Erin Allen: Good morning, TGIF. I'm Erin Allen and this is The Rundown. Today marks one year since Russia invaded Ukraine. According to the United Nations, about 14-million Ukrainians have been displaced. Many of them are now living here in Chicago, including Olha Tsvyntarna. She fled Ukraine at the beginning of the war with her teenage son. She told WBEZ’s daily talkshow Reset she’s not sure if it’s safer to stay in Chicago or return to her home county.
Olha Tsvyntarna: I’m really lost. But uh, I just know that at this moment right now, I need to do whatever I can to support myself and my son and to be strong and help my family and friends in Ukraine.
Erin Allen: Tsvyntarna says she still supports soldiers in Ukraine. If you wanna support Ukranians, including those fighting overseas, there will be several events in Chicago this weekend. Tomorrow at 2 p.m., there’s a rally at the Water Tower on Michigan Avenue, and March that will follow.
A local organization called Neighbors 4 Environmental Justice is calling on Chicago leaders to tighten enforcement of industrial pollution. They found that the city stops issuing tickets to companies for repeated pollution violations, and charges are often dropped. My colleague Indi Khera is reporting that the findings are underscored by an investigation into the 2020 Hilco demolition in Little Village. It found the city was negligent. Anthony Moser is with Neighbors 4 EJ.
Anthony Moser: The people who live next to these facilities have already known that environmental enforcement was ineffective. The people who experienced that dust cloud as a result of that demolition don’t need to be told that the city isn’t doing its job. But we have now documented this, and it’s time for the city to reckon with what has been documented.
Erin Allen: Advocates made multiple asks, including restoring the city Department of Environment.
Experts have been talking about a mental health crisis among children in Illinois. And The Associated Press obtained a report on child behavioral health in the state, which examines the capacity and condition of Illinois’ response to behavioral health in young people. The report also suggests how to help families understand mental illness. Then make it easier for them to get required care. It even goes so far as to outline technological, practical and legislative changes that will support coordination across the Departments of Human Services, Public Health and others. And Governor JB Pritzker is heeding these suggestions. He’s going to outline an expansive plan to address it all today. The plan coordinates six separate state agencies in streamlining and easing access to treatment.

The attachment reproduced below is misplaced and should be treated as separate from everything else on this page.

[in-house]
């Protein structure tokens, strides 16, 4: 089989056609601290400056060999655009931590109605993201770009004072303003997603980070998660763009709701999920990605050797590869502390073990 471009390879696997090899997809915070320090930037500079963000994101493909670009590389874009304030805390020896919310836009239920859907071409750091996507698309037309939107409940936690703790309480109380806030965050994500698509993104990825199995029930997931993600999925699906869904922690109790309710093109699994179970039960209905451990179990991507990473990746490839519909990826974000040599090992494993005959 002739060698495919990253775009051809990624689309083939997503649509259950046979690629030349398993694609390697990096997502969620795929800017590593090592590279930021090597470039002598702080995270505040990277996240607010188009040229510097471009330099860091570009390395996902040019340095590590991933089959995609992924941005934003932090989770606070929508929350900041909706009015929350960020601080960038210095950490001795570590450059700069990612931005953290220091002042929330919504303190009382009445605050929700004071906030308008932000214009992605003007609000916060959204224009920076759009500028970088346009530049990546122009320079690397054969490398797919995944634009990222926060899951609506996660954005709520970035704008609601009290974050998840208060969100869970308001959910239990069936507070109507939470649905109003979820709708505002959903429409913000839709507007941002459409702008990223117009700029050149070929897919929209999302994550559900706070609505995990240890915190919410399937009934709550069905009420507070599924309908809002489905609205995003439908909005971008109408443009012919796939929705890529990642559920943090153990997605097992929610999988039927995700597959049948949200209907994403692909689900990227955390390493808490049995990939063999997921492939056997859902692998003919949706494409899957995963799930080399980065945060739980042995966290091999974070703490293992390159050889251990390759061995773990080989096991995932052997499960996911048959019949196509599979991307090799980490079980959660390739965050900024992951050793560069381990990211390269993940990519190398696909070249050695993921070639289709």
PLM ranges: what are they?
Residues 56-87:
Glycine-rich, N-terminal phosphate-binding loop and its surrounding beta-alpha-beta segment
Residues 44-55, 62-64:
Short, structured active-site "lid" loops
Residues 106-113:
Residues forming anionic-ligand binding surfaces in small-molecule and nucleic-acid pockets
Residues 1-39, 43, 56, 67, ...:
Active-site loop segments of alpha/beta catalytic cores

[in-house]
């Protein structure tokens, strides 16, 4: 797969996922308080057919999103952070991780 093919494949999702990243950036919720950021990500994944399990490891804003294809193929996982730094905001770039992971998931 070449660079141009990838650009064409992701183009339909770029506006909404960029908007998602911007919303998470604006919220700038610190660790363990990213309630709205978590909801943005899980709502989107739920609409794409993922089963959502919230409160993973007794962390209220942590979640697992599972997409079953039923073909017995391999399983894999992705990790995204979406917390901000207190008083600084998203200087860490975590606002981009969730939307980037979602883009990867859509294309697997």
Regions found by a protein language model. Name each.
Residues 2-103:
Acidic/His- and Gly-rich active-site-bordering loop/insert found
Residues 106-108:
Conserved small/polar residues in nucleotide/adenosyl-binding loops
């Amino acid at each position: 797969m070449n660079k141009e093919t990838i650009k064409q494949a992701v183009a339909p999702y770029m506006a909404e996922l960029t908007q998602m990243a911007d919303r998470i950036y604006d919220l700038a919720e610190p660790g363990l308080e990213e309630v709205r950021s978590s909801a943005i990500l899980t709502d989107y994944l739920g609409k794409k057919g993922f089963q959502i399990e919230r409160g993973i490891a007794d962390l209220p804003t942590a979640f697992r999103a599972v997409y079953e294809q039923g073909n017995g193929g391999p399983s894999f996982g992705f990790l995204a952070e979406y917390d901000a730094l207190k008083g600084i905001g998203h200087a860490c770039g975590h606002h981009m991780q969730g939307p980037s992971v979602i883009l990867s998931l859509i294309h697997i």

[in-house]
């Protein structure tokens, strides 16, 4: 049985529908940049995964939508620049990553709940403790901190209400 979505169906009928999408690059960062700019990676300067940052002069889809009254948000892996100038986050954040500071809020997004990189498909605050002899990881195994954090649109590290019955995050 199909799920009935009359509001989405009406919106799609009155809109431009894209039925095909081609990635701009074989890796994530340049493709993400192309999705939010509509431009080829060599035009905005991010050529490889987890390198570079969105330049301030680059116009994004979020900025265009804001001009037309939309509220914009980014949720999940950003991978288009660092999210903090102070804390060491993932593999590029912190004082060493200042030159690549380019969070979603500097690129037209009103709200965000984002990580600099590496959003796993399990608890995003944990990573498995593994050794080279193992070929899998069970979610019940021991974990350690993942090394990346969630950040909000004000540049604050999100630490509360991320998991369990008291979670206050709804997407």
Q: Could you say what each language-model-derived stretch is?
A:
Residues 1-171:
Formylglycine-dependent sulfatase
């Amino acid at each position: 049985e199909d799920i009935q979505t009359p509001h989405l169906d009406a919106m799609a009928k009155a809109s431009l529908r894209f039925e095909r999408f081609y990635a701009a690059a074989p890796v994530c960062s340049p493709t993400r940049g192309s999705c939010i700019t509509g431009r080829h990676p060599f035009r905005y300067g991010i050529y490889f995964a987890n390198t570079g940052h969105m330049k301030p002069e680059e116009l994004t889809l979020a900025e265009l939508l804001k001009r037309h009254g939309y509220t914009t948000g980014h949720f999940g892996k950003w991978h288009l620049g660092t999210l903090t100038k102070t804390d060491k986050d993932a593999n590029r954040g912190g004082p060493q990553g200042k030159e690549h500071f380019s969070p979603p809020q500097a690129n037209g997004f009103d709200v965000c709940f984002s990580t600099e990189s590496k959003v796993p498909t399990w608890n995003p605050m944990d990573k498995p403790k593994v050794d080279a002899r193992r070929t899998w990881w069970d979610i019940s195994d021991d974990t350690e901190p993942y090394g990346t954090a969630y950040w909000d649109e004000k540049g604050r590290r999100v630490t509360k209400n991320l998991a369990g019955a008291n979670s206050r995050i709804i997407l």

So you know the iconic hip hop group, Salt and Peppa, right? Well, if you’re a true fan, you know one third of the group, DJ Spinderella, grew up in public housing in New York. And she recently made a little career detour that has something to do with that, here in Chicago. DJ Spinderella will be designing a new music room for the National Public Housing Museum. She was also on WBEZ’s Reset, and she said she wants the museum’s music room to feel similar to her childhood living room.
DJ Spinderella: Who I am today has to do with the soundtrack. And that was in public housing. Um, the standard living room in the projects it was always a TV going or music playing or somebody arguing or somebody playing cards. And I wanna bring that to the table.
Erin Allen: The room is set to open in early 2024.
And now for a few quick hits starting with an update in the R. Kelly situation. That federal judge I mentioned yesterday in Chicago made his ruling. R. Kelly will serve one additional year in prison for his child pornography conviction. The Chicago Sun-Times is reporting that that would be tacked on top of the 30 years he’s already serving. Right now, Kelly is 56, so he could be locked up until he’s in his late 70s.
And the Chicago Bulls are hoping new talent can help turn some of their Ls into Ws. The team signed Chicago native Patrick Beverley earlier this week. At age 34 with 10 years in the league, Beverly is a vet in basketball. He could help solidify the team, since their guard, since their guard Lonzo Ball is out for the season due to a knee injury. Beverley played most recently for the Lakers.
And a few shameless plugs, we’ve got a new podcast launching today at WBEZ, it’s called “When Magic Happens,” The hosts are a multi generational bunch of Black women talking about their experiences and those of others like them. Also, check out today’s episode of our Nerdette podcast. I joined the show host Greta Johnsen and Jacoby Cochran from City Cast to talk about our favorite TV reboots and when to wash your bath towel.
You can listen to both of those wherever you get your podcasts.
And there’s a lot of treacherous weather happening around the country, but we’ve managed to swerve most of it in Chicago. Here today, it’s mostly cloudy with temperatures in the mid twenties. Over the weekend, still cloudy but going up to the high 30s to low 40s.
And that's it for now on the Rundown. This afternoon on the show, what happens when you don’t have access to medical help in an emergency, basically because of where you stay? We’ll hear a story about an organization called Ujimaa Medics, where folks spread life-saving, first response knowledge for when city first-responders aren’t there in time to help.
Speaker: Our city has the worst relative to our size as a city response time in the nation. Our is 20 to 30. We know there are cases where folks take 40 minutes to get there.
Erin Allen: That’s today at 2 p.m. I’m Erin Allen. I'll talk to you later.
WBEZ transcripts are generated by an automatic speech recognition service. We do our best to edit for misspellings and typos, but mistakes do come through.